Daily Archives: October 16, 2004


The Guardian – Former envoy drags Straw into torture row

The Guardian – Former envoy drags Straw into torture row (by Nick Paton Walsh)

The former British ambassador to Uzbekistan, Craig Murray, has accused the foreign secretary, Jack Straw, of personally agreeing to the use of intelligence from the Uzbek government that had been obtained under torture.

Mr Murray claimed last night that Mr Straw had considered a complaint made by him in March 2003 about the Foreign Office’s use of intelligence from the Uzbek government that had been obtained through torture.

Mr Murray said: “I was called back [from Tashkent to London] to a meeting to discuss [the complaint] in March 2003 and I was told that Jack Straw had considered the issue … specifically and had decided it [the use of the information] should continue.”

Mr Murray was dismissed as Britain’s ambassador in Tashkent on Wednesday night after a 15-month dispute. He has vowed to take legal action.

Sir Menzies Campbell, Liberal Democrat foreign affairs spokesman, said the claims raised “substantive issues, namely the use of material obtained under torture”. He said Mr Straw should give an explanation to the Commons.

Mr Murray, who says his opposition to the Foreign Office’s acceptance of such information led to his dismissal, has made a series of formal complaints to the Foreign Office since March 2003.

The latest, written in July, was leaked this week to the Financial Times. He wrote: “Tortured dupes are forced to sign confessions showing what the Uzbek government wants the US and UK to believe – that they and we are fighting the same war against terror … This is morally, legally and practically wrong.”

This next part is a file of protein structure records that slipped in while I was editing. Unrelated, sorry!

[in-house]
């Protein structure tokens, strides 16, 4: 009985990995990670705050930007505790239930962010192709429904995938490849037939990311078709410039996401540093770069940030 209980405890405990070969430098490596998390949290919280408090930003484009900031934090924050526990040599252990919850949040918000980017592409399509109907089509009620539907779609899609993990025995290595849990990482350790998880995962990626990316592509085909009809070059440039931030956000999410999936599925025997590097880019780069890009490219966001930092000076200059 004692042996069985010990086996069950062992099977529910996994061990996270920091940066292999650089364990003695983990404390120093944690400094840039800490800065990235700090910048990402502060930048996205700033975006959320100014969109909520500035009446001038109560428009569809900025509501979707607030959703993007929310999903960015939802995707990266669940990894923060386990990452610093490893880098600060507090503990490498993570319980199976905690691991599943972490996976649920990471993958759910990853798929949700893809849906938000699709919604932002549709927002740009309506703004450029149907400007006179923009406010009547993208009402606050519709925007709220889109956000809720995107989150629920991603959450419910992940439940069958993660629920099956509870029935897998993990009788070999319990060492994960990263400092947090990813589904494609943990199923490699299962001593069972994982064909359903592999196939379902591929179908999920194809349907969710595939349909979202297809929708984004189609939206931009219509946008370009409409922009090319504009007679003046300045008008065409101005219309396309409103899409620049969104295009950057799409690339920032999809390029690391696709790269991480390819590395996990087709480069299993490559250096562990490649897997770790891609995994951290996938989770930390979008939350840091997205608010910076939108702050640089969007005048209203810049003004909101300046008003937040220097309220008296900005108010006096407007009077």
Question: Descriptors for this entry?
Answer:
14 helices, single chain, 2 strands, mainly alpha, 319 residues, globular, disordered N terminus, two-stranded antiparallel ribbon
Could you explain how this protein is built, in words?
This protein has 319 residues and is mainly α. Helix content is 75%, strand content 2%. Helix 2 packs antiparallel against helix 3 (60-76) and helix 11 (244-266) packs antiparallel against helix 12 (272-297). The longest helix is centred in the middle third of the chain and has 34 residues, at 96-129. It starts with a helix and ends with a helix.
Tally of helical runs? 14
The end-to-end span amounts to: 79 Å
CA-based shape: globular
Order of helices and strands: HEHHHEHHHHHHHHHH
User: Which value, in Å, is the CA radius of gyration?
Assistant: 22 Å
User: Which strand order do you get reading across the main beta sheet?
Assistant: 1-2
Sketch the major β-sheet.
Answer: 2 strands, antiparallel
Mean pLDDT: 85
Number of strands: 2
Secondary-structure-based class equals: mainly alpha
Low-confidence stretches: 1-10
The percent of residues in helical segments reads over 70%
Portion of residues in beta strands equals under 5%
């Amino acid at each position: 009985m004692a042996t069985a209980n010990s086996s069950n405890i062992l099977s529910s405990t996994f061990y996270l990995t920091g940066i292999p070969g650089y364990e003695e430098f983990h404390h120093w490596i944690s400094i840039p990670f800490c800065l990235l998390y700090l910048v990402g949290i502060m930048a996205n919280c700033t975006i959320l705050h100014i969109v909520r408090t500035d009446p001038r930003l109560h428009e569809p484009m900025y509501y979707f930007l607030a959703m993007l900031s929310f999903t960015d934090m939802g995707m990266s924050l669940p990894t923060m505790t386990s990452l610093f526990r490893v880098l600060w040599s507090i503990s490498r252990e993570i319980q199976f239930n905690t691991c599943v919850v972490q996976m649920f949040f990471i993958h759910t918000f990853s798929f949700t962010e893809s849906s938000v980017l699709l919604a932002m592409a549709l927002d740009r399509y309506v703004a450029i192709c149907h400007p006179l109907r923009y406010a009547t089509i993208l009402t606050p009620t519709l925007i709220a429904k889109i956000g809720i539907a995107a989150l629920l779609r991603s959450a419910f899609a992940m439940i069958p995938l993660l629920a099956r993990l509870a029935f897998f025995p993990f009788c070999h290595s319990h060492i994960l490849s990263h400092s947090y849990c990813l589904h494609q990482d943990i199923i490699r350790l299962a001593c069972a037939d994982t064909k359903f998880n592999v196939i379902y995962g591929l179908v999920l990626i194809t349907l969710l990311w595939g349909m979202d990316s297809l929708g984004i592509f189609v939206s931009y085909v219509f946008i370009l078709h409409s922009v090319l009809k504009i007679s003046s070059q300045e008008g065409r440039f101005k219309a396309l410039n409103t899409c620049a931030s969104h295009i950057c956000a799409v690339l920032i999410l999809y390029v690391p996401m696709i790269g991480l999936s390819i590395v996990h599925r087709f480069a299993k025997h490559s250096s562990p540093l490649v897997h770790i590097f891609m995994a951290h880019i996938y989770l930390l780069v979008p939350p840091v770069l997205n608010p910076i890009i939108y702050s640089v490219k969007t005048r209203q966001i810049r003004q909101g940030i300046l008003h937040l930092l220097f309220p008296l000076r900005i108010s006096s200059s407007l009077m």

He told the Guardian: “No one [at the Foreign Office] has made a serious denial to me that information received from the Uzbeks was probably obtained under torture.”

He added that senior officials “have put it to me that even if information was obtained under torture it was legitimate in the context of the war on terrorism”.

“What worries me most about what has happened is that it sends a signal within the Foreign Office that you cannot argue from a liberal or human rights viewpoint on the war on terror without severe damage to your career.”

Mr Murray’s security clearance was withdrawn this week. Yet on Thursday he said he attended a meeting with his security vetting officer in which he and a union official were shown a report on his clearance which “carried a clear and unequivocal recommendation that my vetting be continued. There aren’t any issues around my security clearance. That was just a ruse to keep me in the country.”

The bitter battle with the Foreign Office began in July last year when Mr Murray was told to resign over 18 disciplinary charges. These ranged from being drunk at work to issuing visas to local women in exchange for sex. The charges were later dismissed.

Mr Murray has since had a nervous breakdown and says doctors have told him the stress partly caused him to have a near-fatal pulmonary embolism. This has led to the serious medical condition of pulmonary hypertension.

He said: “I have no doubt the extraordinary experience of the last year when the Foreign Office confronted me with these false charges, demanded I did not speak to anyone about it and demanded my resignation, has both damaged my health now and will shorten my life expectancy.”

He said he would sue for damage to his health and declined to put a figure on the damages, but said the loss of 15 years’ more earnings alone would come to ?750,000.

He continued his attack on the foreign secretary, saying that Foreign Office documents he had obtained under the Data Protection Act showed that Mr Straw was “regularly briefed on the progress of … the disciplinary charges against me and the demand that I resign my post”.

The Foreign Office declined to comment specifically on the allegations against Mr Straw and said it could not comment on other issues because of the prospect of legal proceedings.